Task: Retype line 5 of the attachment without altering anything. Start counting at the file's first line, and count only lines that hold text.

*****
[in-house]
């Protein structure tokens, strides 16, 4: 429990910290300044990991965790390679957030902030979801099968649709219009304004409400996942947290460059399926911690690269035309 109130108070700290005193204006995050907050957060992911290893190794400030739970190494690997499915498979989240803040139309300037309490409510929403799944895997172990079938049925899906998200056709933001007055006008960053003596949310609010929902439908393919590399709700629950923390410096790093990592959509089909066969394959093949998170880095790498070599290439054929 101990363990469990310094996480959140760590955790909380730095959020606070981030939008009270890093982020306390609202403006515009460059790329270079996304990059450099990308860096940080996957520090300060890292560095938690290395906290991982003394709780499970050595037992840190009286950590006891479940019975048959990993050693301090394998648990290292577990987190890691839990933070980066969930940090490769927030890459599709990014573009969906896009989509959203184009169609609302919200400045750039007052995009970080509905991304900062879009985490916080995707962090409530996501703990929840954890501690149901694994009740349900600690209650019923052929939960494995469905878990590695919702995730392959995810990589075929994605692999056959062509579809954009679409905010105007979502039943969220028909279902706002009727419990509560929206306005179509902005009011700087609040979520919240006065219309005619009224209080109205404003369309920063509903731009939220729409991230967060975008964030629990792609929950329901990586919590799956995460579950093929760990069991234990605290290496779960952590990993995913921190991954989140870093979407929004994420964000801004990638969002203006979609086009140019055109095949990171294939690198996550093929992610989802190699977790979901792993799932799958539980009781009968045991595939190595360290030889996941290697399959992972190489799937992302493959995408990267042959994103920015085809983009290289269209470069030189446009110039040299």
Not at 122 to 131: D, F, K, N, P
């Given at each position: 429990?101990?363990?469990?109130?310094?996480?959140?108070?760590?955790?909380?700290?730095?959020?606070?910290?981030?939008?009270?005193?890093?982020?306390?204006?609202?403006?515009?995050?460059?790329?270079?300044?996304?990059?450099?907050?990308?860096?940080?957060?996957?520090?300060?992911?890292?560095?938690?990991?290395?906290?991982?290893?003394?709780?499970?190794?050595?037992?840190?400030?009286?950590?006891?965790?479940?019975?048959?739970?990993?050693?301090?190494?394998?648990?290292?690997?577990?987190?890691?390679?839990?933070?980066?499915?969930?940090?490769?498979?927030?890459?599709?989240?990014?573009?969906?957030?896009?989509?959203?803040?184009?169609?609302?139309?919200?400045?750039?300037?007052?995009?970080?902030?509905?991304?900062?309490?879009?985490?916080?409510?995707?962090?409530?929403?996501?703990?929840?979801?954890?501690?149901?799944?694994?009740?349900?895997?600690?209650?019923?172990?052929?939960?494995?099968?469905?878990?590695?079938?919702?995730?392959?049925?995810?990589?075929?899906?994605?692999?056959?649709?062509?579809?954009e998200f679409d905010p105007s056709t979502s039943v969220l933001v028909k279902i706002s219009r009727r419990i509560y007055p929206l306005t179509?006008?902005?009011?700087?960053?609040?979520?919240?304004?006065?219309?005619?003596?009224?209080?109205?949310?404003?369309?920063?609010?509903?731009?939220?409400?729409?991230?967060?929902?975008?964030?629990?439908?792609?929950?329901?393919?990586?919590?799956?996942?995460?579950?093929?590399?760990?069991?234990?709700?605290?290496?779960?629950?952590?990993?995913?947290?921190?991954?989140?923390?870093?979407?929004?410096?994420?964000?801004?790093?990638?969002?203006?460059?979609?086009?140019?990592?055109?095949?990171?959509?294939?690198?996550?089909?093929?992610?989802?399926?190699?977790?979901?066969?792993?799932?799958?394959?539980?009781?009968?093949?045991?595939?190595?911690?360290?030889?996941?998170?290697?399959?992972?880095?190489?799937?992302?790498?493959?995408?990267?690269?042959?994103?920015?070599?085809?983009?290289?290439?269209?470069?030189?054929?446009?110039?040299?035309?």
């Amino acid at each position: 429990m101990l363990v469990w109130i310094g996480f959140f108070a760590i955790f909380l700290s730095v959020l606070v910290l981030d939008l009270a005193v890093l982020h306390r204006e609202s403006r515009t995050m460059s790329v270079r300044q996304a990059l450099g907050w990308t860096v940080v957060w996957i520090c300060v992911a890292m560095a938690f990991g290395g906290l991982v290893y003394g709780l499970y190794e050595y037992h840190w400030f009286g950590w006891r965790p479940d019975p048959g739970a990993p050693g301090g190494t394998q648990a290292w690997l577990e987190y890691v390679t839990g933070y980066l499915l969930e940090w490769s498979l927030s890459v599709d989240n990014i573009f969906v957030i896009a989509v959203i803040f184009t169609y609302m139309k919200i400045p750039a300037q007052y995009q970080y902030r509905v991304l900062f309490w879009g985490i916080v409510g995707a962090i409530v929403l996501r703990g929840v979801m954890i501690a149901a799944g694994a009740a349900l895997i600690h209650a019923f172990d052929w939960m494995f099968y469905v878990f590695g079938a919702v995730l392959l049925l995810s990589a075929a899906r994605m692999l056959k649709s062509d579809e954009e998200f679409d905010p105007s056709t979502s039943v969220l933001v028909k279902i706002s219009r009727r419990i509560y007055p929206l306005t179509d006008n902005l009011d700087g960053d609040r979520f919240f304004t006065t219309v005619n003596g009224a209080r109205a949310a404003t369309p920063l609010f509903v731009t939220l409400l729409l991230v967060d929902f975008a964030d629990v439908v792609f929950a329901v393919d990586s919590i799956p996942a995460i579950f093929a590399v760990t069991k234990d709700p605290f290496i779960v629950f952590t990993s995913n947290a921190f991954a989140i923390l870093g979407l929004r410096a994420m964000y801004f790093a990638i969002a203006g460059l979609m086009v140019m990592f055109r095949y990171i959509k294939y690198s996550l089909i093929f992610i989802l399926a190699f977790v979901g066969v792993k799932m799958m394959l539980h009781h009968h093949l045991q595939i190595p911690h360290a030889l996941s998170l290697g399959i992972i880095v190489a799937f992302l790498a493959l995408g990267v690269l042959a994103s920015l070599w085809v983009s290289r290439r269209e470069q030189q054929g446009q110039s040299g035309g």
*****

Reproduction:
């Amino acid at each position: 429990m101990l363990v469990w109130i310094g996480f959140f108070a760590i955790f909380l700290s730095v959020l606070v910290l981030d939008l009270a005193v890093l982020h306390r204006e609202s403006r515009t995050m460059s790329v270079r300044q996304a990059l450099g907050w990308t860096v940080v957060w996957i520090c300060v992911a890292m560095a938690f990991g290395g906290l991982v290893y003394g709780l499970y190794e050595y037992h840190w400030f009286g950590w006891r965790p479940d019975p048959g739970a990993p050693g301090g190494t394998q648990a290292w690997l577990e987190y890691v390679t839990g933070y980066l499915l969930e940090w490769s498979l927030s890459v599709d989240n990014i573009f969906v957030i896009a989509v959203i803040f184009t169609y609302m139309k919200i400045p750039a300037q007052y995009q970080y902030r509905v991304l900062f309490w879009g985490i916080v409510g995707a962090i409530v929403l996501r703990g929840v979801m954890i501690a149901a799944g694994a009740a349900l895997i600690h209650a019923f172990d052929w939960m494995f099968y469905v878990f590695g079938a919702v995730l392959l049925l995810s990589a075929a899906r994605m692999l056959k649709s062509d579809e954009e998200f679409d905010p105007s056709t979502s039943v969220l933001v028909k279902i706002s219009r009727r419990i509560y007055p929206l306005t179509d006008n902005l009011d700087g960053d609040r979520f919240f304004t006065t219309v005619n003596g009224a209080r109205a949310a404003t369309p920063l609010f509903v731009t939220l409400l729409l991230v967060d929902f975008a964030d629990v439908v792609f929950a329901v393919d990586s919590i799956p996942a995460i579950f093929a590399v760990t069991k234990d709700p605290f290496i779960v629950f952590t990993s995913n947290a921190f991954a989140i923390l870093g979407l929004r410096a994420m964000y801004f790093a990638i969002a203006g460059l979609m086009v140019m990592f055109r095949y990171i959509k294939y690198s996550l089909i093929f992610i989802l399926a190699f977790v979901g066969v792993k799932m799958m394959l539980h009781h009968h093949l045991q595939i190595p911690h360290a030889l996941s998170l290697g399959i992972i880095v190489a799937f992302l790498a493959l995408g990267v690269l042959a994103s920015l070599w085809v983009s290289r290439r269209e470069q030189q054929g446009q110039s040299g035309g």